Carbonaceous-mottled Member - which is more extensively distributed than the bauxite-bearing member. Its lower section includes a layer of carbonaceous argillites, which pass upwards into silty or argillite-like platy carbonaceous clays, gradually grading upwards into dark-grey and grey siltstones. The total thickness of the member is 8 to 28 m, and commonly 15 to 20 m. The carbonaceous rocks are overlain to the north by mottled silts, argillaceous siltstones and silts, and silty clays.

The bauxites of the South Timan region are characterised by high-alumina, high-silica, low-iron, and often high-sulphur contents. They contain: 40 to 70 wt.% Al2O3; 12.0 to 28 wt.% SiO2; 3.6 to 12.72 wt.% Fe2O3; 0.38 to 3.0 wt.% S (mainly as pyrite). The bauxites belong to the kaolinite-gibbsite- boehmite and kaolinite-boehmite types. The former is developed in the NW, and the latter, in the SE of the district (Smirnov, 1977).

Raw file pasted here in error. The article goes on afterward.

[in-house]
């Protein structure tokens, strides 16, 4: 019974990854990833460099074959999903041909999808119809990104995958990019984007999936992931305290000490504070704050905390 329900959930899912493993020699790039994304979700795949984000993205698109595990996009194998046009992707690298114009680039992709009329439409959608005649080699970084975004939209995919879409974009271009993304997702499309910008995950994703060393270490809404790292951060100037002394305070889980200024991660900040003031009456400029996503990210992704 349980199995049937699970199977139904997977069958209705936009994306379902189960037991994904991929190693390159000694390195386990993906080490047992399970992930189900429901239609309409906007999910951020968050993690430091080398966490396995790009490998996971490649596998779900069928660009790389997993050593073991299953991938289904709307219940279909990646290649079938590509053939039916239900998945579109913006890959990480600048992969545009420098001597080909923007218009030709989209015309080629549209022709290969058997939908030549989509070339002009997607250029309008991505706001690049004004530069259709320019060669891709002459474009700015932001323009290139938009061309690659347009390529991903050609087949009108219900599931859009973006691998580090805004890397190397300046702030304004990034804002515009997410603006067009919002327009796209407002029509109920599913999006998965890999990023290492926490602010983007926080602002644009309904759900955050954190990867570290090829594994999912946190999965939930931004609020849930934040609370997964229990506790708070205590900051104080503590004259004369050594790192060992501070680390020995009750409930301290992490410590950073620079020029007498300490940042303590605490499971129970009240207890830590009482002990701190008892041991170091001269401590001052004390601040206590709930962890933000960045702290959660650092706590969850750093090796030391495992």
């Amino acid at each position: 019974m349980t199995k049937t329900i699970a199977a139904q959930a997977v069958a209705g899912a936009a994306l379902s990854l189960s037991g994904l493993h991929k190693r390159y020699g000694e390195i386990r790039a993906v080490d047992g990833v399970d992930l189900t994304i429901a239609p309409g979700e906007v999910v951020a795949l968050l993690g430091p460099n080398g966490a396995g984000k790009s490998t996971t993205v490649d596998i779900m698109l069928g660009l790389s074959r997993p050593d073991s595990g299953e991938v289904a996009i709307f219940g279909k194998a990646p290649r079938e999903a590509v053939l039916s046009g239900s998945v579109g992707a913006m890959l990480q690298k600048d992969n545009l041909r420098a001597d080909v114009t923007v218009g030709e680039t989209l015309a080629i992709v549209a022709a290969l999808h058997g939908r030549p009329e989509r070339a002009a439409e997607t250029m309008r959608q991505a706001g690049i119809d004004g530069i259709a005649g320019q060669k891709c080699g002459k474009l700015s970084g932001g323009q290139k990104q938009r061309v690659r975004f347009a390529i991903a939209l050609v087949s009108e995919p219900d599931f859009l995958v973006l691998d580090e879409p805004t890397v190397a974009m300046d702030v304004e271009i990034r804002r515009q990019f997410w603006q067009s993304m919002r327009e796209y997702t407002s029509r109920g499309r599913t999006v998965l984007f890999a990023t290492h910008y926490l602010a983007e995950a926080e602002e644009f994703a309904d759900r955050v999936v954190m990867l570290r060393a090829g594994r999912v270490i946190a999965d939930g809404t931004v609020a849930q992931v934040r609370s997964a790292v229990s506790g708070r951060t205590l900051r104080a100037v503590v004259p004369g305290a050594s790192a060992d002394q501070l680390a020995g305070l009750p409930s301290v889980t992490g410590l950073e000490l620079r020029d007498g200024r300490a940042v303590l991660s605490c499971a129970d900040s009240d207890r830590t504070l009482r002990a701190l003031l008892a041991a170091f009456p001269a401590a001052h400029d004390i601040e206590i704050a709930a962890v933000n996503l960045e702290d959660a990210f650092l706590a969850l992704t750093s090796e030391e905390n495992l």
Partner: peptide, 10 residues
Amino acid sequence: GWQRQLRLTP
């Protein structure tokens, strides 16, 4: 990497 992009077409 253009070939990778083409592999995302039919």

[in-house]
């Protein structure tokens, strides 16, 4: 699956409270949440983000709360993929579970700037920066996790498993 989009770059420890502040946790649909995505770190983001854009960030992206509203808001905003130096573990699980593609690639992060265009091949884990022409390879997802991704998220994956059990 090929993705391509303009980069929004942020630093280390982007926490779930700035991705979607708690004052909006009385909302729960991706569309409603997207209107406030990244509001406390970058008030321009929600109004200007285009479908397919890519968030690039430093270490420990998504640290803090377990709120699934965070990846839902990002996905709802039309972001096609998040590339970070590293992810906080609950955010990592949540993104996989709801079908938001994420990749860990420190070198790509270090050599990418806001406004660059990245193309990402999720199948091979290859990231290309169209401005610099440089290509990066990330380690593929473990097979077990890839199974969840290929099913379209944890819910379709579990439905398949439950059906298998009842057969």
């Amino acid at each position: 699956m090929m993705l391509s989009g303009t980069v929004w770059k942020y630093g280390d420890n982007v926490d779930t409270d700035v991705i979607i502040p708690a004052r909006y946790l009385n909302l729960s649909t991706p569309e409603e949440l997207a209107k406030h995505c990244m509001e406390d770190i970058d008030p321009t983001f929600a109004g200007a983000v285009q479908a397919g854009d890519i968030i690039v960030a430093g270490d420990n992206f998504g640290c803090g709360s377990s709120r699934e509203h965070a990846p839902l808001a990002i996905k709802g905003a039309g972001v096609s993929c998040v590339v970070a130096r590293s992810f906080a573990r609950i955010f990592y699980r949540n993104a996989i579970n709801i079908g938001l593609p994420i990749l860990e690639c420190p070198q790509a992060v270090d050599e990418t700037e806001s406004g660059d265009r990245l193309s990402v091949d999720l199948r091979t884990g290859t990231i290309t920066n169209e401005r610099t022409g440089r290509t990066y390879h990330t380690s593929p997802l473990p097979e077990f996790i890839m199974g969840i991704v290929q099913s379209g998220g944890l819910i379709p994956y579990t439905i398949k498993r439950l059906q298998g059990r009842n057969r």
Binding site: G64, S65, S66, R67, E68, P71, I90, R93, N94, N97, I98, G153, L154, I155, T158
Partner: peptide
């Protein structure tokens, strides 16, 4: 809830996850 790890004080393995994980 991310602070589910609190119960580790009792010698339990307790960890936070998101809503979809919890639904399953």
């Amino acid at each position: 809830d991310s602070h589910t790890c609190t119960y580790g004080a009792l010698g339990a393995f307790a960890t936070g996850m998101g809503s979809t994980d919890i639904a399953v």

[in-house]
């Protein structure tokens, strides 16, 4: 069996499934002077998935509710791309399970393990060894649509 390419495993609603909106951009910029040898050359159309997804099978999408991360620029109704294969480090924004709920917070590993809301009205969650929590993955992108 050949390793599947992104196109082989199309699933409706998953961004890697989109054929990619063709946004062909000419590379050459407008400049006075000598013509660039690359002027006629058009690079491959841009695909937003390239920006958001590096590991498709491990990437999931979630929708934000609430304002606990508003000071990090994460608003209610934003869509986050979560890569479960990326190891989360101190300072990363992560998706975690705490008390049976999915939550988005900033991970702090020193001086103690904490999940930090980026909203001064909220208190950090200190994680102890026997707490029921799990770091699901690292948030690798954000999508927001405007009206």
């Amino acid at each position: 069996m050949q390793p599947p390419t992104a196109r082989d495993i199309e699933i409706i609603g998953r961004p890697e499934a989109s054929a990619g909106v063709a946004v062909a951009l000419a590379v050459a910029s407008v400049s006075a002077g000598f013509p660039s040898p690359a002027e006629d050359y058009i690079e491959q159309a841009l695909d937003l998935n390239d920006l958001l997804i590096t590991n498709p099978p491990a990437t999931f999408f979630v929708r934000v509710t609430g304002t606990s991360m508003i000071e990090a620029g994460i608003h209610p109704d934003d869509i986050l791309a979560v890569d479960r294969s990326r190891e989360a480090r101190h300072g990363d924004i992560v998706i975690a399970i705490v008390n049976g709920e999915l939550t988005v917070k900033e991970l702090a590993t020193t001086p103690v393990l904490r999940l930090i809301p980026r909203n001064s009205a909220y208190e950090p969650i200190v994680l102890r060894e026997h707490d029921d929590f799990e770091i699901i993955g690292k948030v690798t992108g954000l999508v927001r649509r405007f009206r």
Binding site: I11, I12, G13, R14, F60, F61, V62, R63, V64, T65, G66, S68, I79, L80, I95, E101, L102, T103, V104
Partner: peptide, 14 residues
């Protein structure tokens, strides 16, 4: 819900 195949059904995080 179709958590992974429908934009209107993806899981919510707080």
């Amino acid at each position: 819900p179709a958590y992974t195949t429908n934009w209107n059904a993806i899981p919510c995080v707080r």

The Timan operation is 100% owned by the Russian company, United Company RUSAL.

The geological information in summary is drawn from Smirnov, V.I., (Ed.), 1977 - The Ore Deposits of the USSR; Pitman Publishing, v.1, pp. 313-316.

The most recent source geological information used to prepare this decription was dated: 1977.    
This description is a summary from published sources, the chief of which are listed below.